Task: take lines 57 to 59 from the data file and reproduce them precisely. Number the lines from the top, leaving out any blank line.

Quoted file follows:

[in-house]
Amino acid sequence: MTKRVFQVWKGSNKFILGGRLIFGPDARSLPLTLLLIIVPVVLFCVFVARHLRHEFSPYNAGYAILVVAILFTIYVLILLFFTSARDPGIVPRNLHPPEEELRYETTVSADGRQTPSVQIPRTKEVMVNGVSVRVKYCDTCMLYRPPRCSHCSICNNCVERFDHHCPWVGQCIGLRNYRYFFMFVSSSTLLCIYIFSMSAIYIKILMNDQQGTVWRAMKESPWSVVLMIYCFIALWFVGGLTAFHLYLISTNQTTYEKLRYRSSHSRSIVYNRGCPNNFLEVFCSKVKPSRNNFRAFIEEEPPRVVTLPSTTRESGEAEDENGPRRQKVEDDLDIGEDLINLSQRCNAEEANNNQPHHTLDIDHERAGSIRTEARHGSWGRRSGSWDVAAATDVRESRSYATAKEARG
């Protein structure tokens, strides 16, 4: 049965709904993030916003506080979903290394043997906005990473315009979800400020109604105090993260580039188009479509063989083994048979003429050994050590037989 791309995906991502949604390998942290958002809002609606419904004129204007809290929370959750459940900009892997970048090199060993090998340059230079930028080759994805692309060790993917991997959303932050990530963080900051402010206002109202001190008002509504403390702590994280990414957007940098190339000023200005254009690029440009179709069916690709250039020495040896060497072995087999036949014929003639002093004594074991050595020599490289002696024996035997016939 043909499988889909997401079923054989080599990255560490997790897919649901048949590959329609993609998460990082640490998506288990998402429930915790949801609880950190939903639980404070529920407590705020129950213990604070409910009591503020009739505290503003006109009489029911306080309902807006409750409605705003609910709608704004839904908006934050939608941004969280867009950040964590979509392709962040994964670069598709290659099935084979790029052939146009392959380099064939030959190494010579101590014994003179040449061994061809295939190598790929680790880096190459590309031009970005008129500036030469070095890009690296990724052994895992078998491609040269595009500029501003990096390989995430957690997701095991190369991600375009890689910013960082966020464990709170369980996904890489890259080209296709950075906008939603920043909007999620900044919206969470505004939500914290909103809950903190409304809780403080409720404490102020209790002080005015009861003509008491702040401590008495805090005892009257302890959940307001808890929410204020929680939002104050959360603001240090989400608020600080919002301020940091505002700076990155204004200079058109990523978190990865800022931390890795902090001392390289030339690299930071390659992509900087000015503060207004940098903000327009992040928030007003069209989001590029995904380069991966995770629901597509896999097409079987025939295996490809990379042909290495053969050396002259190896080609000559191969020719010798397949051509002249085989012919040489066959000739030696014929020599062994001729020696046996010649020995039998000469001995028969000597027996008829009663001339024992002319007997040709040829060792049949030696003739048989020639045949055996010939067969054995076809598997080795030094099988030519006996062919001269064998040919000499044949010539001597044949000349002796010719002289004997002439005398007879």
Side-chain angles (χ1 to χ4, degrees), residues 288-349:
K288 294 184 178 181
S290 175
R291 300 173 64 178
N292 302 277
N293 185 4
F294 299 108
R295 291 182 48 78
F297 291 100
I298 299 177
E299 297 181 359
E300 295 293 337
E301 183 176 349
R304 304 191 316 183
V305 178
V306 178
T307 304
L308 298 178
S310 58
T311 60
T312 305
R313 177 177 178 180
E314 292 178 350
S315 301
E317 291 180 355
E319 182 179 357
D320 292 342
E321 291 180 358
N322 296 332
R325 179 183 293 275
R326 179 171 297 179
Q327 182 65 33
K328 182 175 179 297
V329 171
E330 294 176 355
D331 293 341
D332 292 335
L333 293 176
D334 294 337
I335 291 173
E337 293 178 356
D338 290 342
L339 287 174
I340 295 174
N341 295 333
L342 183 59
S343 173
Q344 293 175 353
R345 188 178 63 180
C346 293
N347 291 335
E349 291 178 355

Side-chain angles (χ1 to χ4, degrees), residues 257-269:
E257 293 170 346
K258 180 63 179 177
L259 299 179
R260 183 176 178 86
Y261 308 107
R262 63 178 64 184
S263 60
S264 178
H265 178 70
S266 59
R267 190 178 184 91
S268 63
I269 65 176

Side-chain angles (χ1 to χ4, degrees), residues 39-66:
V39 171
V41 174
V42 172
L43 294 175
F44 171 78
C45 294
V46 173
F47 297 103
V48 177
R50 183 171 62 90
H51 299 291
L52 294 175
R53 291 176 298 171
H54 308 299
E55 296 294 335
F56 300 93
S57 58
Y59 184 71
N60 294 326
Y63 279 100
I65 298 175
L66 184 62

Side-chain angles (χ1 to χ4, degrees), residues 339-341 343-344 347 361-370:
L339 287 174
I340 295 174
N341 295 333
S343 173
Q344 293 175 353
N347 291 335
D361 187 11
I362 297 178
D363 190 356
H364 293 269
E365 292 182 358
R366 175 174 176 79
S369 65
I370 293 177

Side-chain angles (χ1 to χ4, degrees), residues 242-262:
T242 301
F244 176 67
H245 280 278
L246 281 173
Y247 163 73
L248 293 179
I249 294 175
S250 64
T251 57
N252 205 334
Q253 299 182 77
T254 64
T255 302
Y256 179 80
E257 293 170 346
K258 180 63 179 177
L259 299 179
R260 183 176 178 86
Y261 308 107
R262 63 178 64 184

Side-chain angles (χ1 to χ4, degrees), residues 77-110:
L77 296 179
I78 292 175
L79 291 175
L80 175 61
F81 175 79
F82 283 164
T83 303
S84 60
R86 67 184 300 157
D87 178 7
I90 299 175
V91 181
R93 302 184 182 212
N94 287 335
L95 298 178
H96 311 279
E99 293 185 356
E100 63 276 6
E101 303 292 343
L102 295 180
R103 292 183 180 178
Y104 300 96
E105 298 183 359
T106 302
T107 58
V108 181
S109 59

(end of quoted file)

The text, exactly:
E257 293 170 346
K258 180 63 179 177
L259 299 179